In my work with Soulation women often email me asking for advice. Sometimes close friends want to know my theological position on a controversial topic. Commenting women come to my blog often wanting me to both connect with their question and connect with them.
Are these all my friends? In what way?
What are my responsibilities with each of these friends?
How do we make definite yes and no decisions about friends who seems kind, but for whom we just don’t have time.
I feel frustrated, regularly, by the lack of time I can dedicate to those I’m acting as a mentor, counselor and spiritual guide to. Each speaking trip and book sold means I will probably get more practice with this frustration.
As an extrovert I usually feel delighted and eager to try. And try I do.
But befriending for life every person who wants to connect is not a reality, nor is it kind to my life-long friends.
Each of us has had the difficult decision to know how to understand a friendship’s limits.
Sally gave some helpful distinctions between a Four Seasons Friend, a Hot and Cold Friend and a Seasonal Friend. What I loved about her post is how she shared that none of these friendships are better or worse. Rather, you decide which friendships you want to invest your time with.
Dating the Wrong Guys?
The first step in deciding friendships is taking time inventory. How much time do you currently have to devote to a new friendship? This is a tricky evaluation because after work or church or family or hobbies and friends we don’t have a lot of time.
But just because you’re busy doesn’t mean you’re happy-busy. Just like a date Friday night doesn’t mean it’s a fun date. In friendship, like dating, it’s easy to waste time with the wrong peeps.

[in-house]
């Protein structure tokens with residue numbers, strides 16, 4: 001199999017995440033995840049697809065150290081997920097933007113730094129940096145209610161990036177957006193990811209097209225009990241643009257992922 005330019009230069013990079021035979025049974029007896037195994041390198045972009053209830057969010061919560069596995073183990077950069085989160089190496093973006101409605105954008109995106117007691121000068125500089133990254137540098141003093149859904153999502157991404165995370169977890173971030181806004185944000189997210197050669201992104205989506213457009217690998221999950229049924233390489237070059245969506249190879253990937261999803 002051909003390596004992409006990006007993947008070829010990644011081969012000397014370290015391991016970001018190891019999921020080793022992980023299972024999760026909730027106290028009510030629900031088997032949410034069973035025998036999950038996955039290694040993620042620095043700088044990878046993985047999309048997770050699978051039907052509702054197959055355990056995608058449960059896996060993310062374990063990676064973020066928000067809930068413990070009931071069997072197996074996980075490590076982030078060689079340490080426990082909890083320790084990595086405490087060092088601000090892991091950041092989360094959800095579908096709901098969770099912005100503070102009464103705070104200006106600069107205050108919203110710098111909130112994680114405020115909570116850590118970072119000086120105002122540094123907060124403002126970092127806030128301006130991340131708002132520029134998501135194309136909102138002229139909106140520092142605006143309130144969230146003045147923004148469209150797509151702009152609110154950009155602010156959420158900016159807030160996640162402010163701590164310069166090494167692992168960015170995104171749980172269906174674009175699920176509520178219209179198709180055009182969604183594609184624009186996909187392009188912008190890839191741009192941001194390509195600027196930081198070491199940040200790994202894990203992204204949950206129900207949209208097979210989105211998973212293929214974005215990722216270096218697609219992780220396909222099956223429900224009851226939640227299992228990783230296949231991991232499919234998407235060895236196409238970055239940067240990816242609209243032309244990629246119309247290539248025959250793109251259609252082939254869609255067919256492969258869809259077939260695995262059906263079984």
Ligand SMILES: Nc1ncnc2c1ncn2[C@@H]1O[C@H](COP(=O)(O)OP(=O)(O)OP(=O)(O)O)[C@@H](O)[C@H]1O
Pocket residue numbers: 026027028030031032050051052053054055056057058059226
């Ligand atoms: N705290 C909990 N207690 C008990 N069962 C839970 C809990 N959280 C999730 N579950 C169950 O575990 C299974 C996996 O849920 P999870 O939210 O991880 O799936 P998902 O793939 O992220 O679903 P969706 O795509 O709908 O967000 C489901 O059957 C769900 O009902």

It’s been my observation that most women spend at least some of their time with friends they do not enjoy. In fact, there’s something in women that keeps us hanging on to friends with drama, controlling tendencies, hot and cold patterns all in an effort to be “nice.” It’s the good girl complex that keeps us from evaluating if this friendship is a life-giving place of growth.
Two years ago I wrote this in the post “The Recipe for a Good Friendship“
Psychologist Jean Baker Miller writes about five components that make up all “growth-fostering relationships”.
Each person will feel:
- a greater sense of zest (vitality, energy).
- more able to act and does act.
- a more accurate picture of herself and the other person.
- a greater sense of worth.
- more connected to the other person and a greater motivation for connections with other people beyond those in this friendship. In other words, frenemies drop away and friendship becomes more possible.
Friends who do not bring life can very easily book you up all week long. No friendship ought to keep you from growth.
Put another way, keep your Friday nights free for someone else.
I believe it helps to consider that you can only be really close to a handful of friends. Closeness requires awareness of the everyday occurrences.
You already have close friends in your life. If they’re mothers, they’re the friends that you’ve already asked and found out how their Mother’s Day went. Whether you like it or not, these are probably your besties.
I’ve found I can only be really close to two, maybe three friends. And I’m a high energy extravert. I entitle them to know how I’m feeling before and in more detail than any other friends. Sally is one of them.
I reserve knowledge about my feelings for our conversations that (even if other friends ask) I do not share in this kind of detail.
I call to cry or rail or laugh or announce things to Sally and a few others before I post it online, before I share with others.
Even if others ask.
My Four Season Friends have priority.
Any time I feel guilty for not being “nice” which translates into devoting longer and longer emails or phone calls or play dates or information to friends who want to be closer I consider this question, “Are they in my top three?”
If no, then I give myself the freedom to not make them top priority.
By saying no to them, I’m saying yes to my three.
In fact, I can say, “No,” with quiet conviction because I now know nothing really compares to friends who can stand up through all the seasons with me.